Cre­ative paths

In part two of his new 13-part se­ries, Michael ex­plores how pho­to­graphs can be en­hanced if they’re en­er­gised by some ac­tion – and the less pre­dictable it is, the bet­ter

NPhoto - - Contents -

Michael Freeman shares his ad­vice for hav­ing some­thing hap­pen in your pho­to­graphs

There are many sit­u­a­tions where you might not want any ac­tion dis­turb­ing your care­fully set, calm com­po­si­tion. A for­mal ar­chi­tec­tural study or a stark min­i­mal­ist land­scape, for ex­am­ple, are oc­ca­sions that don’t need ex­tra ac­tion. Other im­ages, pos­si­bly even the ma­jor­ity, come alive when some­thing in the frame en­er­gises them through some event. It can be a small, slightly strange or el­e­gant thing, or any­thing that fits in be­yond the ob­vi­ous and com­pletely pre­dictable.

Want­ing some­thing to hap­pen goes deep to the heart of pho­to­graphic style, and most of us veer in one di­rec­tion or an­other. Style is a strangely un­ex­plored as­pect, out­side of cu­ra­tor’s notes for an ex­hi­bi­tion, and yet it’s some­thing most pho­tog­ra­phers would like to have a han­dle on. With­out get­ting into the specifics of in­di­vid­ual pho­tog­ra­phers’ styles, which can be risky art-crit ter­ri­tory, there’s a ba­sic scale that goes from Quiet to Dra­matic, which you could also call Re­strained to En­er­getic. Hav­ing things hap­pen in an im­age def­i­nitely be­longs to the Dra­matic/En­er­getic camp, and is al­most a credo of street pho­tog­ra­phy. As with all of the cre­ative paths I’ll present in this se­ries, it has its own di­rec­tion, and it won’t suit ev­ery pho­to­graph.

The ba­sic sce­nario is that you have a scene in front of you, or at least a fram­ing, and some of the right in­gre­di­ents in place. Sub­ject, light, colour, con­trast, what­ever – it’s nearly there. But some­where in the back of your head there’s the nag­ging wish that if, say, some­one just came and did some­thing, it would be com­plete. Imag­ine a street shot where you have two peo­ple in con­ver­sa­tion and the light­ing’s good and the set­ting is in­ter­est­ing, and they haven’t no­ticed you, so you can shoot for a bit. But they’re not ex­press­ing much, and you think, “If only

they’d share a joke and laugh. Or even ar­gue!” It may be frus­trat­ing that you can do noth­ing to in­flu­ence it, but that’s re­ally the point – you’re hop­ing for some­thing to hap­pen that’s out­side your con­trol, be­cause that will make the shot more in­ter­est­ing.

The un­cer­tainty prin­ci­ple

The ti­tle of this fea­ture is care­fully worded. To ‘Have’ some­thing hap­pen isn’t to ‘Make’ it hap­pen. If you could art-di­rect a scene so that it con­tained a neat piece of ac­tion, how valu­able would that be? It would def­i­nitely work in a com­mer­cial life­style or fash­ion shoot, but for pure street theatre it would be in­ter­fer­ence that killed the spon­tane­ity. Any kind of nat­u­ral re­portage de­pends on un­cer­tainty, which in turn de­pends on your skill, an­tic­i­pa­tion and/or pa­tience to cap­ture an un­ex­pected mo­ment. You might feel ex­posed to cir­cum­stances be­yond your con­trol, and it would be safer if you could con­trol them, but cap­tur­ing an un­scripted mo­ment, how­ever or­di­nary, is what pho­tog­ra­phy alone can do.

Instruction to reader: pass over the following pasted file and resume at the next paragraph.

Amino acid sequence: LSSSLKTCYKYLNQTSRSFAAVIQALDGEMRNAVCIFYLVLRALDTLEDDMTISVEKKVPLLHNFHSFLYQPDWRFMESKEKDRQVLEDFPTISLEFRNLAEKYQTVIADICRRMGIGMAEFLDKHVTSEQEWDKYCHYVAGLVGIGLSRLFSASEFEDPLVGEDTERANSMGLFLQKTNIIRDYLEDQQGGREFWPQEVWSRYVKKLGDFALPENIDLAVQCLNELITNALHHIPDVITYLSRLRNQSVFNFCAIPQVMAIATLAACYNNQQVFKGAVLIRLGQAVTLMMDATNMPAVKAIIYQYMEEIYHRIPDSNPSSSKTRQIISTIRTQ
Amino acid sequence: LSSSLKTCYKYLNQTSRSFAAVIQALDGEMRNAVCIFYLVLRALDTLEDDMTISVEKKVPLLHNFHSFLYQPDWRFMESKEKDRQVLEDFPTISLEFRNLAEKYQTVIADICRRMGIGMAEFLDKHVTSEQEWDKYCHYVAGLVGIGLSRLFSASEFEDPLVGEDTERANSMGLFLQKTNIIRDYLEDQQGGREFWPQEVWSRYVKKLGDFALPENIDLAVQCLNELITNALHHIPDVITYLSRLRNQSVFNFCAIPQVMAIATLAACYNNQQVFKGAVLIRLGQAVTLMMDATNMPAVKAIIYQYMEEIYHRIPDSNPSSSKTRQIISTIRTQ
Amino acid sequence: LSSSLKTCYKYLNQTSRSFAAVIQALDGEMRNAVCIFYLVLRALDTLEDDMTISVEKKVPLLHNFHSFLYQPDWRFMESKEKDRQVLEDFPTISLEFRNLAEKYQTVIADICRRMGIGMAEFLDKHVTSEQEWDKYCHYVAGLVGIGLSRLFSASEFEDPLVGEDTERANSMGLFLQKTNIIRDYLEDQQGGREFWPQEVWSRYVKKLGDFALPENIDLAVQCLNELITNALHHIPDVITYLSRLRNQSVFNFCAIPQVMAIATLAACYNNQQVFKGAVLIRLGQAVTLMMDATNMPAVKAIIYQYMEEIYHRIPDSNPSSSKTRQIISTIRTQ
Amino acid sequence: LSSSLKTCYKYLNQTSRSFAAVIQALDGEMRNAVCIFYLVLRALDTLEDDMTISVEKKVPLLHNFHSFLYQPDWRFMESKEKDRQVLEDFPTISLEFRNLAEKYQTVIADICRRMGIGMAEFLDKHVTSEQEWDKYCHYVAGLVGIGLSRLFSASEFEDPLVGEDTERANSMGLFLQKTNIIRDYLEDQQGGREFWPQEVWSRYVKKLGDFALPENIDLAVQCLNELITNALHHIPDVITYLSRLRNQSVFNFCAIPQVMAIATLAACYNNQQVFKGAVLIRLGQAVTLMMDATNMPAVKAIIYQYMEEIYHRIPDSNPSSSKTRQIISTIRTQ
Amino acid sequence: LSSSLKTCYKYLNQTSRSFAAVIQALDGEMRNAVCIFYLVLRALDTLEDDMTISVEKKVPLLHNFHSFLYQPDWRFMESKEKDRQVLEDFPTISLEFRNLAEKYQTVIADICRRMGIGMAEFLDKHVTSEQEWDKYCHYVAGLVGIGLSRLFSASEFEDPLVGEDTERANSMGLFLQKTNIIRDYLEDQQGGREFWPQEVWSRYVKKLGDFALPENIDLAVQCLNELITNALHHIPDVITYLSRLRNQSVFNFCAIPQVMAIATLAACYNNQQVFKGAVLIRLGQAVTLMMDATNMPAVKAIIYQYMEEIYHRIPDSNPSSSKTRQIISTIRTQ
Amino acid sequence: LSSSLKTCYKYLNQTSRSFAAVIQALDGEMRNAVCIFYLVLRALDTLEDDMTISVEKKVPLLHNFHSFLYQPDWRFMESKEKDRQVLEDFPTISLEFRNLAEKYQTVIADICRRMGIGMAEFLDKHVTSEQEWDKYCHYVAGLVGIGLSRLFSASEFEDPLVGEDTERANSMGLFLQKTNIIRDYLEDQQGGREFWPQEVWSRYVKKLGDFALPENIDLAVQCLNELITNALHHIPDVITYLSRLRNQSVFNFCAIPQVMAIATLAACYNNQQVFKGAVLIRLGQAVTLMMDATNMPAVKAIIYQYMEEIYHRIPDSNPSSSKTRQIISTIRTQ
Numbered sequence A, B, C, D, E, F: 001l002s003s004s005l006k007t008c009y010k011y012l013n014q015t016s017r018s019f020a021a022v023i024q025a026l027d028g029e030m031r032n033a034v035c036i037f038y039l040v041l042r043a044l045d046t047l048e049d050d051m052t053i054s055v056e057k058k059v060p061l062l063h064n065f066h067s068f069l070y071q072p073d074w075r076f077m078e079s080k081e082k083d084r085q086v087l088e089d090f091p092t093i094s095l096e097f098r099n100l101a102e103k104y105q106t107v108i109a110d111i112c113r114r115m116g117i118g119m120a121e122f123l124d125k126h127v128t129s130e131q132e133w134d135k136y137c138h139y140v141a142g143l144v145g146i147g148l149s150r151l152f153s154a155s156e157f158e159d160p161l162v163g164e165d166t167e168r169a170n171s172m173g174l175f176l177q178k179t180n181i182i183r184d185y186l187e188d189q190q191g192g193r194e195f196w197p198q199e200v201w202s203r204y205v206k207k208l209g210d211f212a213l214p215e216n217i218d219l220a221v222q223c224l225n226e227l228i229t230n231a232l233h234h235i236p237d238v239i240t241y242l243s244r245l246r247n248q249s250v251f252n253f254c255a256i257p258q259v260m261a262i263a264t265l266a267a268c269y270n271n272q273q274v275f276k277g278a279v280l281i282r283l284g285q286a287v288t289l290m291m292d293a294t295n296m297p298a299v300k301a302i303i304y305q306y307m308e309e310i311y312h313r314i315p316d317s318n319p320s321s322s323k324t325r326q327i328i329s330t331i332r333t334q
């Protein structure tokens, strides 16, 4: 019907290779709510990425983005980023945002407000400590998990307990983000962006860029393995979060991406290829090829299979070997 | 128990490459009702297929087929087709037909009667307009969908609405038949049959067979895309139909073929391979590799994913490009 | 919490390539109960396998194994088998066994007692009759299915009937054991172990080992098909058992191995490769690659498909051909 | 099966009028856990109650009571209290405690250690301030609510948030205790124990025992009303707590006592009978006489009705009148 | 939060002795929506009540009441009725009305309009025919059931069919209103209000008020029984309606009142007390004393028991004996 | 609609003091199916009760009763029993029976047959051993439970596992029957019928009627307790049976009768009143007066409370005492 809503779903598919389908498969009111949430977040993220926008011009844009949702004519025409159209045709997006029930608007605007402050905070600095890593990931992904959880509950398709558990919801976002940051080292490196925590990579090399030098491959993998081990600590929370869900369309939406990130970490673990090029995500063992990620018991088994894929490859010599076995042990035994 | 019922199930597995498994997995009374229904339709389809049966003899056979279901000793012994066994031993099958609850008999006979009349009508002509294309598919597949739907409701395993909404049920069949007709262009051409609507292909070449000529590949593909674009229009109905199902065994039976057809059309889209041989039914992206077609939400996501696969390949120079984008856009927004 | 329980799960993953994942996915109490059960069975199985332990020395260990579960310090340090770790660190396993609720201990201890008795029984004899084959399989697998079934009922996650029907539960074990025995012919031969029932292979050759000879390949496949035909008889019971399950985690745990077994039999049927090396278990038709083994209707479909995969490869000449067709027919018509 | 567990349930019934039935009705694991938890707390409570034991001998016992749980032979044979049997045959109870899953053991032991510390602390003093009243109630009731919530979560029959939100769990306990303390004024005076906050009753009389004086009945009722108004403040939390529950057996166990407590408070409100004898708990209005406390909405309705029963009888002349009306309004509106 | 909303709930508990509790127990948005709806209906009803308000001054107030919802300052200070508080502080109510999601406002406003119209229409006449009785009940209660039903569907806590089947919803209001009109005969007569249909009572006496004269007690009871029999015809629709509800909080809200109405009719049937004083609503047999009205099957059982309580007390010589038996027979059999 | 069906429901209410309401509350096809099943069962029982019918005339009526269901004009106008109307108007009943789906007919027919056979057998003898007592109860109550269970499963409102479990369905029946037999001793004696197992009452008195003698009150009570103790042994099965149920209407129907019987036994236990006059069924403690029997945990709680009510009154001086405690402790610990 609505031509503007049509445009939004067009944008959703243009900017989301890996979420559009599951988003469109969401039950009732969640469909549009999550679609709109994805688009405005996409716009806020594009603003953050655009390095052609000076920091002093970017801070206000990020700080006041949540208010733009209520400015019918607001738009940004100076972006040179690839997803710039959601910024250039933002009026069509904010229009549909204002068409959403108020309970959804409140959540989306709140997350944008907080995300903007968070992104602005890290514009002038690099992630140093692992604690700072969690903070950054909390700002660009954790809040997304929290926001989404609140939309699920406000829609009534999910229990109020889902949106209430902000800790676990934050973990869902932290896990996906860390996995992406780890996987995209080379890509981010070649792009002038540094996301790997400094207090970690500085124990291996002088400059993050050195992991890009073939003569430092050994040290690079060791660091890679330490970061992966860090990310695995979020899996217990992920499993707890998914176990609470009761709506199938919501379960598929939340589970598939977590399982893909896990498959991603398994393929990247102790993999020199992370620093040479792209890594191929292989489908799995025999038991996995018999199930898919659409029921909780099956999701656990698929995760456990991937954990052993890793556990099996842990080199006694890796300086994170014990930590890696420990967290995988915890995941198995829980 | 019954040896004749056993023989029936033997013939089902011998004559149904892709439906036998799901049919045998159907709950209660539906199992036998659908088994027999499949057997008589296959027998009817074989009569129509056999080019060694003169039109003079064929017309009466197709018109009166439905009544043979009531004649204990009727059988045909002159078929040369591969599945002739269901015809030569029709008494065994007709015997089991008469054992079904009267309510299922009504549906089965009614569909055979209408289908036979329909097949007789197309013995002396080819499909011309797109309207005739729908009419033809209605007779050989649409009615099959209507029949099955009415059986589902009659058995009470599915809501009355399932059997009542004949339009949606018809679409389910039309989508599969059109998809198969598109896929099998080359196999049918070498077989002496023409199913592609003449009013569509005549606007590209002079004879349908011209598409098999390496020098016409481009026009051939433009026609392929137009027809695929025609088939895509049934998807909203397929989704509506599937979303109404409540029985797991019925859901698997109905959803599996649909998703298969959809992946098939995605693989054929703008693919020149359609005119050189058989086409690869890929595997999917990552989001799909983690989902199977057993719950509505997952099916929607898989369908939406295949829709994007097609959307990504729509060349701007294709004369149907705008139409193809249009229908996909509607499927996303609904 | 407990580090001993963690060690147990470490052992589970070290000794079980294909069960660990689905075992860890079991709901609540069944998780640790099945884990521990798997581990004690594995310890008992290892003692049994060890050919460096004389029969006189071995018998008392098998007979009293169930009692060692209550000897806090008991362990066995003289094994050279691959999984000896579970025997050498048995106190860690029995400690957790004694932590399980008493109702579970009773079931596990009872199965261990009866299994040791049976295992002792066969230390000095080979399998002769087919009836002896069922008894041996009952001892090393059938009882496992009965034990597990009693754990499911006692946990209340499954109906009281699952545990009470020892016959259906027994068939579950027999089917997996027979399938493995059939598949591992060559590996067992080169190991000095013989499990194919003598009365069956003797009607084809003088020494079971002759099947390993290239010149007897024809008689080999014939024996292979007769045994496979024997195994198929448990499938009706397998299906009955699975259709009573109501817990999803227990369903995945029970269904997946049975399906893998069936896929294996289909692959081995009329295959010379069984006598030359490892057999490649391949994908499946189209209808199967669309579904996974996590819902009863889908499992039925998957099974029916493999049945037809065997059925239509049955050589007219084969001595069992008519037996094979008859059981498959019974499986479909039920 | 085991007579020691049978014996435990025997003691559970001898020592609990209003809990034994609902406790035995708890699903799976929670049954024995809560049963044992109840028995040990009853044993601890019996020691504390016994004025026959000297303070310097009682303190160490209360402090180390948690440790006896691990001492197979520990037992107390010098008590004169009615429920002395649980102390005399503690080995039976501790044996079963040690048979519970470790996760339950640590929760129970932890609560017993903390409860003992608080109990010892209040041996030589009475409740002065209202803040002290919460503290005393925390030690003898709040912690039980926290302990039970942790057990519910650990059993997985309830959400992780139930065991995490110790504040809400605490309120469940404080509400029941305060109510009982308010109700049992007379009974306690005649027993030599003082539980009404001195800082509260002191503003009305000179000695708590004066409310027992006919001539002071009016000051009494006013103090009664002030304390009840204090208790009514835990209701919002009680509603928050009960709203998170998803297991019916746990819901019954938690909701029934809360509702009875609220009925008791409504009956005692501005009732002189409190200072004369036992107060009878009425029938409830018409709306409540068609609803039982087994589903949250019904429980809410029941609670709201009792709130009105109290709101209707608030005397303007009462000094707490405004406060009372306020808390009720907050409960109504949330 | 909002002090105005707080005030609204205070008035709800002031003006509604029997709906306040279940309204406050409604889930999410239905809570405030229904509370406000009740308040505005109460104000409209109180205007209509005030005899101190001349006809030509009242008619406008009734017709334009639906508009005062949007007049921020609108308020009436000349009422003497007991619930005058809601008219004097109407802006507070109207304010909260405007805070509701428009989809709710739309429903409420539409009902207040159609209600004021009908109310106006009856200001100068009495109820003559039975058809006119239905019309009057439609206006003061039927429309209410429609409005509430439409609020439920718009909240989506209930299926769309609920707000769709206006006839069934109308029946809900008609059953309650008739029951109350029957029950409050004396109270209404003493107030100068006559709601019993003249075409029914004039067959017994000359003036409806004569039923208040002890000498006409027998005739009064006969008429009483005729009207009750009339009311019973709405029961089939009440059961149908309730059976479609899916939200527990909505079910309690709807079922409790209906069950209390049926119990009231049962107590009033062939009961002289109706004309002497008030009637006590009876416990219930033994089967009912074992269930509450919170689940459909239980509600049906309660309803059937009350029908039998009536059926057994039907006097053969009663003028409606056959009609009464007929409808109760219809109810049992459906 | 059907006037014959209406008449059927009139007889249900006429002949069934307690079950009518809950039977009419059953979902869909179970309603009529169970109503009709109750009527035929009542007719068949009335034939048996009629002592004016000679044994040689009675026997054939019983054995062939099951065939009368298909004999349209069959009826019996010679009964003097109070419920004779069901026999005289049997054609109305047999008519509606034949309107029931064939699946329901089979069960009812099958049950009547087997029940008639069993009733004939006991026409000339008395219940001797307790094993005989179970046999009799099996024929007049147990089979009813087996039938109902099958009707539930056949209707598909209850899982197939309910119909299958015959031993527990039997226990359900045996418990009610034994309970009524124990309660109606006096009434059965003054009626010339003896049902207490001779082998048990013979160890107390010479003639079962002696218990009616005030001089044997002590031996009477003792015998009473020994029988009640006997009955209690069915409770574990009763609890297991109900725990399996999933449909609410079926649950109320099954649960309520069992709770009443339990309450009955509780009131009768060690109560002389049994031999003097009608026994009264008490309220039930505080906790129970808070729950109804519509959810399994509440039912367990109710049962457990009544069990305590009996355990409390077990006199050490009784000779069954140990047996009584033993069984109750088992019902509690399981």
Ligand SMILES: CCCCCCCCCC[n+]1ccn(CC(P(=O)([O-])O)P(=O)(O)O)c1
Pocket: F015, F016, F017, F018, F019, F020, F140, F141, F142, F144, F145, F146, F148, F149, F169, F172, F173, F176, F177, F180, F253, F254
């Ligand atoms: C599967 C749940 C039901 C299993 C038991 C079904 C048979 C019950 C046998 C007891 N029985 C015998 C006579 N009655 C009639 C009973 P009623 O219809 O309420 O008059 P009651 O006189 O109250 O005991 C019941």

Hav­ing some­thing hap­pen may seem lit­tle more than will­ing it to hap­pen, which doesn’t sound like much of a tech­nique, but there are two things you can mas­ter. One is to be more than usu­ally alert so you are able to an­tic­i­pate one or two things that might hap­pen, as in the ex­am­ples here, and ex­er­cise the pa­tience to wait un­til they do.

The other is to ac­cept that suc­cess­ful shots that de­pend on un­cer­tainty don’t hap­pen ev­ery minute, and that you’re fish­ing for prize events, not ev­ery­day min­nows. In any case, don’t be sat­is­fied with what you have in front of you at the start. It could be bet­ter if you wait.

You’re hop­ing for some­thing to hap­pen that’s out­side your con­trol, be­cause that’ll make the shot more in­ter­est­ing

This old foot­bridge, at a Shinto shrine in Ja­pan, was lit by a shaft of sun­light break­ing through the for­est. What it needed, and what hap­pened after a long wait, was a Shinto priest cross­ing it, pass­ing through the sun­light. I used the wait­ing time to test my ex­po­sure set­tings.

If you en­joy this ar­ti­cle and want to learn more, there are 50 more paths to be dis­cov­ered in Michael’s new book Fifty Paths to Cre­ative Pho­tog­ra­phy (NB: all 50 are dif­fer­ent from those that will be fea­tured here in the mag­a­zine).

Newspapers in English

Newspapers from Australia

© PressReader. All rights reserved.